decided: May 2, 1972.
PENNSYLVANIA CRIME COMMISSION
NACRELLI. PENNSYLVANIA CRIME COMMISSION V. MCNICHOL. PENNSYLVANIA CRIME COMMISSION V. EYRE. PENNSYLVANIA CRIME COMMISSION V. DICKEY
Original jurisdiction in cases of The Pennsylvania Crime Commission v. John H. Nacrelli, The Pennsylvania Crime Commission v. Harry A. McNichol, The Pennsylvania Crime Commission v. Joseph L. Eyre and The Pennsylvania Crime Commission v. Samuel R. Dickey.
Russell M. Coombs, Deputy Attorney General, for petitioner.
Melvin Levy, with him Levy and Levy, for respondent, Nacrelli.
Robert E. J. Curran, with him Kassab, Cherry, Curran and Archbold, for respondent, McNichol.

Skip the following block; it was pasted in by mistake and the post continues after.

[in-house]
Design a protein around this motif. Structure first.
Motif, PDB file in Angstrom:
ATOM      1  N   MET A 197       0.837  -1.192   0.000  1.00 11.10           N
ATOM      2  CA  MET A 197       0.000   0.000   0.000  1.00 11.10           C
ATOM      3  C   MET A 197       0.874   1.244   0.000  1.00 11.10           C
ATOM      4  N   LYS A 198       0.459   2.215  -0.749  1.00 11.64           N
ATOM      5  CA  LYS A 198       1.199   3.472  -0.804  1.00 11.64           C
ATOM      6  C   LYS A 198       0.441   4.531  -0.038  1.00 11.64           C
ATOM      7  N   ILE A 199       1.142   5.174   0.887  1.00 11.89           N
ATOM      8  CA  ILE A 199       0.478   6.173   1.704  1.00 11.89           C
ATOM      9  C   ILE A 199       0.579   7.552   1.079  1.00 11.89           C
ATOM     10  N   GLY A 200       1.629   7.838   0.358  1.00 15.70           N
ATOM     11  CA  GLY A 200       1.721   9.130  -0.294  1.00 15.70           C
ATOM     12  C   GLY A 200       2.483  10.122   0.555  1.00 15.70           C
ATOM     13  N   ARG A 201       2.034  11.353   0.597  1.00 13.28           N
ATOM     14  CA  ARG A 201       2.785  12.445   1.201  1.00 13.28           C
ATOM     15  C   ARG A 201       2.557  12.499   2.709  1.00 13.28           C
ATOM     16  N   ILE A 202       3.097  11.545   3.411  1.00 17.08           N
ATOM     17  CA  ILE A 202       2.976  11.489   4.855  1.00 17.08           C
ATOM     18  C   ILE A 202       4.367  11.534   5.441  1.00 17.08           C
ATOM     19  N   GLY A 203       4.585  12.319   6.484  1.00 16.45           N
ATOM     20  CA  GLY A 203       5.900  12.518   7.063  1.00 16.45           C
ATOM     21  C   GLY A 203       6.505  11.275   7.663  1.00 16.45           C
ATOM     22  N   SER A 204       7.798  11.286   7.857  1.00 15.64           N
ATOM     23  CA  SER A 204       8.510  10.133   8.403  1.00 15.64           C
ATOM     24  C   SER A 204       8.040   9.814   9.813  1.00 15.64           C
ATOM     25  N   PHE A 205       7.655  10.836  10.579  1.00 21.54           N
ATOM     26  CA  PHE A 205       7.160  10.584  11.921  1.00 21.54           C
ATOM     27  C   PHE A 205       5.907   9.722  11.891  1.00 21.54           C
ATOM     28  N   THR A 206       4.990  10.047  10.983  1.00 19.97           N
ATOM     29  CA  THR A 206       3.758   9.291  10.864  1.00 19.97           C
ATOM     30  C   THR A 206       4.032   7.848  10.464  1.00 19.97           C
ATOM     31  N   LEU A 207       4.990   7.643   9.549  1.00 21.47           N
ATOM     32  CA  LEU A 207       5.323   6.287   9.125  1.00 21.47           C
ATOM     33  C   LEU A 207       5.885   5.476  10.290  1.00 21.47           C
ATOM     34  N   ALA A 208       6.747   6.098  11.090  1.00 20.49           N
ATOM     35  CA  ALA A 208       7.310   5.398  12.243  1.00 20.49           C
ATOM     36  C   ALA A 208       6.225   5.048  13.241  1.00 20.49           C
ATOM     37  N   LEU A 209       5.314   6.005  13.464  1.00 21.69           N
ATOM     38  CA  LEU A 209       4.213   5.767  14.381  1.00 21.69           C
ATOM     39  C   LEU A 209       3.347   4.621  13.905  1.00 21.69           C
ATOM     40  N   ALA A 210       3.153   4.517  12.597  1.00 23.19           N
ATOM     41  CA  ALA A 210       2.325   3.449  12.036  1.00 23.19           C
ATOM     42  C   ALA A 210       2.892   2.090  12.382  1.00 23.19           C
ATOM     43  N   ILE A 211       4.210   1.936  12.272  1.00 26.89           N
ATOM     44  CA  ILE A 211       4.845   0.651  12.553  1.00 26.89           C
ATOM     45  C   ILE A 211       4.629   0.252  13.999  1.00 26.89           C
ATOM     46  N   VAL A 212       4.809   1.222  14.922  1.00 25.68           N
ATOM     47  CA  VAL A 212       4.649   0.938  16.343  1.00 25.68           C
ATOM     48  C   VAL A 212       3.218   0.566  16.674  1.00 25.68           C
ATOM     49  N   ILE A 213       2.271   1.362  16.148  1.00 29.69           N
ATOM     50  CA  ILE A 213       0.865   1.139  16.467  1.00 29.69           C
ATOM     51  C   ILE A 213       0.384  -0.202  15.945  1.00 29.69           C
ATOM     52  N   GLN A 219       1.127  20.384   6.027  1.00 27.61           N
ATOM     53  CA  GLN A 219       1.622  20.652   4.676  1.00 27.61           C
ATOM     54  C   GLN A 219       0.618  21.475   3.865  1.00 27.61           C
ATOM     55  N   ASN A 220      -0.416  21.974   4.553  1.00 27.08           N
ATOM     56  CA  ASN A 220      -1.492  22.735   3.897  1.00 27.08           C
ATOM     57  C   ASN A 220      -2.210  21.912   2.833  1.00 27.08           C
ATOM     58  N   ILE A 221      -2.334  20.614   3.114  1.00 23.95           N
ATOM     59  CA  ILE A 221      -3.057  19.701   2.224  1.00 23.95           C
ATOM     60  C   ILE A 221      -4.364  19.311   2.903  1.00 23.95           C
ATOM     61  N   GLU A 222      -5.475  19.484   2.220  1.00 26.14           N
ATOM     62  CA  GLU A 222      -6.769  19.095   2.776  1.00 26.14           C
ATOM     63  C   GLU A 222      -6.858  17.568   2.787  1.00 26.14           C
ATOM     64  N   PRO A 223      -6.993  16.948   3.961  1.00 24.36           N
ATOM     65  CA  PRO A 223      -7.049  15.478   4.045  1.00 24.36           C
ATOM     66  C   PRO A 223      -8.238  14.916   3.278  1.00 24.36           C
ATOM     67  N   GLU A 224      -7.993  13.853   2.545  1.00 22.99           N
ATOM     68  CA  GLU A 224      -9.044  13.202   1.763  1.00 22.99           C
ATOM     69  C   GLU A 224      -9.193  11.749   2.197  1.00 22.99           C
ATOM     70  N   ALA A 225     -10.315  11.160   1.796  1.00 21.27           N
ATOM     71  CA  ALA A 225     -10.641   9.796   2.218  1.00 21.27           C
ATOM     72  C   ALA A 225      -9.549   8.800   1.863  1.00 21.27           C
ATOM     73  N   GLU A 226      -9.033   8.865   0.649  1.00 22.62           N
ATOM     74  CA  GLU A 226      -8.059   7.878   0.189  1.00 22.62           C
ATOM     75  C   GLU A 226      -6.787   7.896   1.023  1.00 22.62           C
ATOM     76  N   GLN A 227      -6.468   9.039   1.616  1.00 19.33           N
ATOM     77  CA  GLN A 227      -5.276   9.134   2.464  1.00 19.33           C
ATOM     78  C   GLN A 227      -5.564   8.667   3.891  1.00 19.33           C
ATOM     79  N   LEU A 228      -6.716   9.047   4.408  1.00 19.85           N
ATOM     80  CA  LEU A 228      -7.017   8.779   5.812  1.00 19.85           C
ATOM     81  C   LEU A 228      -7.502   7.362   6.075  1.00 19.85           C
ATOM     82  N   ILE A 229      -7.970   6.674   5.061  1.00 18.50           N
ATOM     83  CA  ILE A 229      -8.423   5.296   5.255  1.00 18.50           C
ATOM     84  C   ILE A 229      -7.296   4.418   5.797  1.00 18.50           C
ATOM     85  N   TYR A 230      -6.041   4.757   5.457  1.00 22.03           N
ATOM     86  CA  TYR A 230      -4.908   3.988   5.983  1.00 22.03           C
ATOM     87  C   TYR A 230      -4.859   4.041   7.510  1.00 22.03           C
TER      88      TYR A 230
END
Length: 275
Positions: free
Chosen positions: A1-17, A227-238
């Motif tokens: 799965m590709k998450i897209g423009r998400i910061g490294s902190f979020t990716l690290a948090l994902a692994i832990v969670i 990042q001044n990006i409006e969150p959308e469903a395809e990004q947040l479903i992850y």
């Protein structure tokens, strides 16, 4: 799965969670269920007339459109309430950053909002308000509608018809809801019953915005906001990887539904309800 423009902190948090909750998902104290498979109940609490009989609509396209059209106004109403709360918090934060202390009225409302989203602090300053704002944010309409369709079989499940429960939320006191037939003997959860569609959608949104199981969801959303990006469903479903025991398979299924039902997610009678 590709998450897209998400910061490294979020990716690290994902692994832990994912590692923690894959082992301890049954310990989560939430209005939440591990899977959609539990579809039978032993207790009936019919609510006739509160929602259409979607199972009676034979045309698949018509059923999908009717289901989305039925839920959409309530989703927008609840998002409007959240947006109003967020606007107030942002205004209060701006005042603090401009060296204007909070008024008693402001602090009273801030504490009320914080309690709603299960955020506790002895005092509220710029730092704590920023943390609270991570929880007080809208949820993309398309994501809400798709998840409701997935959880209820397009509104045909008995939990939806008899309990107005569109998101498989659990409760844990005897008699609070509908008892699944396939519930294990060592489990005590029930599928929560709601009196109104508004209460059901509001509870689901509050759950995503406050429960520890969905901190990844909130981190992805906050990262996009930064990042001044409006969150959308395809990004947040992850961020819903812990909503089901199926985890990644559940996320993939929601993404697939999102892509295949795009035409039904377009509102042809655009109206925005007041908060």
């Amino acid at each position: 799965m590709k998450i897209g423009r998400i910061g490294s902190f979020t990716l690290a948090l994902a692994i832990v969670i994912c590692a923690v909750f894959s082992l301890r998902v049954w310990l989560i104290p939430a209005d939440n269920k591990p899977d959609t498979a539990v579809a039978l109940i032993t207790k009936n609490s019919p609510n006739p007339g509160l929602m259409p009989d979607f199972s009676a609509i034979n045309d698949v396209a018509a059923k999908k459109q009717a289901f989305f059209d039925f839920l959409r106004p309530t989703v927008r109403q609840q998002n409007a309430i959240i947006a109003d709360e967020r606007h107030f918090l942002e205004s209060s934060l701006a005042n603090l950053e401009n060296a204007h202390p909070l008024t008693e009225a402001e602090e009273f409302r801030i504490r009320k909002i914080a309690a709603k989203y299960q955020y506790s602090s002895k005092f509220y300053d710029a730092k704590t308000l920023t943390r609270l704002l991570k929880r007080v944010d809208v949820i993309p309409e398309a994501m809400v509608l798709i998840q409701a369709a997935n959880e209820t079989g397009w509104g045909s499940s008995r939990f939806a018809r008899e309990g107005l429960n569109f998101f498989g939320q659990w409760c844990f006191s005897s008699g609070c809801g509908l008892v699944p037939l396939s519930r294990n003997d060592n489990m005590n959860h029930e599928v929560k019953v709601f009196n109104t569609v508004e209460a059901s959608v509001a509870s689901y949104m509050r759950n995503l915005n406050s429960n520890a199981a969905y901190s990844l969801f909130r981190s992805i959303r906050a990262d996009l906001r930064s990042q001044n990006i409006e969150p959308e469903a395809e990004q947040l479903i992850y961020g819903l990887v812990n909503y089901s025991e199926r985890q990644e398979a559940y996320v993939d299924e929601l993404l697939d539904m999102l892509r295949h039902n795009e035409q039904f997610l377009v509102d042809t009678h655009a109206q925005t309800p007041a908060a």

Vincent Labrasca, with him Fronefield, deFuria and Petrikin, for respondent, Eyre.
Alvin S. Ackerman, for respondent, Dickey.
Carmen P. Belefonte, with him John W. Nilon, Jr., and Kassab, Cherry, Curran and Archbold, of counsel for respondents.
President Judge Bowman and Judges Crumlish, Jr., Kramer, Wilkinson, Jr., Mencer, Rogers and Blatt. Opinion by Judge Kramer. Dissenting Opinion by Judge Crumlish, Jr. Dissenting Opinion by Judge Rogers.
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This case comes before us within the purview of the original jurisdiction of this Court, granted by Section 401(a)(2) of the Appellate Court Jurisdiction Act of 1970, Act of July 31, 1970, P.L. 673, 17 P.S. § 211.401(a)(2).